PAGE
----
Spandau Phoenix

Spandau Phoenix

4.4 23
by Greg Iles

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The Spandau Diary—what was in it? Why did the secret intelligence agencies of every major power want it? Why was a brave and beautiful woman kidnapped and sexually tormented to get it? Why did a chain of deception and violent death lash out across the globe, from survivors of the Nazi past to warriors in the new conflict now about to explode? Why did


The Spandau Diary—what was in it? Why did the secret intelligence agencies of every major power want it? Why was a brave and beautiful woman kidnapped and sexually tormented to get it? Why did a chain of deception and violent death lash out across the globe, from survivors of the Nazi past to warriors in the new conflict now about to explode? Why did the world's entire history of World War II have to be rewritten as the future hung over a nightmare abyss?

Editorial Reviews editor
The Barnes & Noble Review
Put Nazis in a thriller and you've got me almost every time. Spandau Phoenix is one of my favorites to star those swastika-wearing scumbags. The fascinating thing about this book, it focuses on a real-life occurrence -- one of WWII's greatest mysteries in fact. Why did Rudolf Hess, Hitler's right-hand man, embark on a daring solo flight to England? Intense excitement laced with historical intrigue at its best.

--Andrew LeCount

Publishers Weekly - Publisher's Weekly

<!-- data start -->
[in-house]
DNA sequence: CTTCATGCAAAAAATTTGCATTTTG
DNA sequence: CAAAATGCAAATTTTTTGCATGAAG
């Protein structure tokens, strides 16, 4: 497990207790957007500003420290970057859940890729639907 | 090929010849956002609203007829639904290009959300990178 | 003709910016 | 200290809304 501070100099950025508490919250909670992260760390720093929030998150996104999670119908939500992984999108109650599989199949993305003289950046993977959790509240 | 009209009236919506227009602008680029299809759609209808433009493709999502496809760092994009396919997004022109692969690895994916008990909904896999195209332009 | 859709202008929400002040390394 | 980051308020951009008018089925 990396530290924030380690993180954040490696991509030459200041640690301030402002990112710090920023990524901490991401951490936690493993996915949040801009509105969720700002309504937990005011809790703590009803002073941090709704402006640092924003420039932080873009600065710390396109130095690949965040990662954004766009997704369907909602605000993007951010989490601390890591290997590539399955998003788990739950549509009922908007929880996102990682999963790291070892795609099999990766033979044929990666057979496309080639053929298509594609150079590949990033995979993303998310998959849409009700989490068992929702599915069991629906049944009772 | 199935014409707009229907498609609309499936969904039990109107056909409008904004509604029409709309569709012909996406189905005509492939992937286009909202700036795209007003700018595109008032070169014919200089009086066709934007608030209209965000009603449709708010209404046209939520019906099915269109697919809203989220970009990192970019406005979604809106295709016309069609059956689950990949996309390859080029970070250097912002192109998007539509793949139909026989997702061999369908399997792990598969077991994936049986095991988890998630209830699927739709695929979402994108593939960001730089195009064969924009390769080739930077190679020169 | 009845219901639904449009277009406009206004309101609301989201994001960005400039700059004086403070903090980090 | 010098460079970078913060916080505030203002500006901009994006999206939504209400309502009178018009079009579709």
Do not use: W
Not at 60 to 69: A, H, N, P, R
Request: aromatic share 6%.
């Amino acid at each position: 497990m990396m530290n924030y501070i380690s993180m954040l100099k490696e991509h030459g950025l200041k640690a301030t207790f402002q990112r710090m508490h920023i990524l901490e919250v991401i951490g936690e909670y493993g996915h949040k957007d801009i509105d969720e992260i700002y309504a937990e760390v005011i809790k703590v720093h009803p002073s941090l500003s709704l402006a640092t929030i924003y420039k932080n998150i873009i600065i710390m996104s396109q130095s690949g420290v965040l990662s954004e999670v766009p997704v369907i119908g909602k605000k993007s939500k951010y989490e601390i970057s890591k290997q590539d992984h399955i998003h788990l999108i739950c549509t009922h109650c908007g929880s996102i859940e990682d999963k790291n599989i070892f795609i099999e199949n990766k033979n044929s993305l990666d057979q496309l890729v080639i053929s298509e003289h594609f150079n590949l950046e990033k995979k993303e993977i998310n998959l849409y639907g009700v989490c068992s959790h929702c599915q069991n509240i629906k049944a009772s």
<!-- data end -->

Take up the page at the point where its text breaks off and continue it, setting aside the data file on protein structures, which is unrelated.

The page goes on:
Stock characters and melodramatic plotting mar this first novel, which posits a Rudolf Hess impostor imprisoned in Spandau while the real Nazi remains free, working from a secret South African stronghold to keep Hitler's legacy alive. In 1987, soon after the fake Hess dies in his jail cell, 27-year-old German police sergeant Hans Apfel accidentally discovers a sheaf of yellow documents amid the rubble of the recently demolished Spandau prison. Hans takes the mysterious papers to his wife Ilse who, with her father, a history professor, translates the Spandau Papers, as they come to be known, from their original Latin. What they uncover is a plot begun in 1941 involving Hitler, Hess, his SS-trained double and Nazi sympathizers in the House of Parliament, to kill Churchill and replace him with the appeasing Duke of Windsor. When word of the existence of the papers--which may indicate a present-day neo-Nazi/South African plan to annihilate Israel--gets out, KGB agents, the East German secret police and a rogue Mossad agent race to locate them. Though clearly written, with some entertaining speculation, this effort is overwhelmed by cliches. Author tour. (May)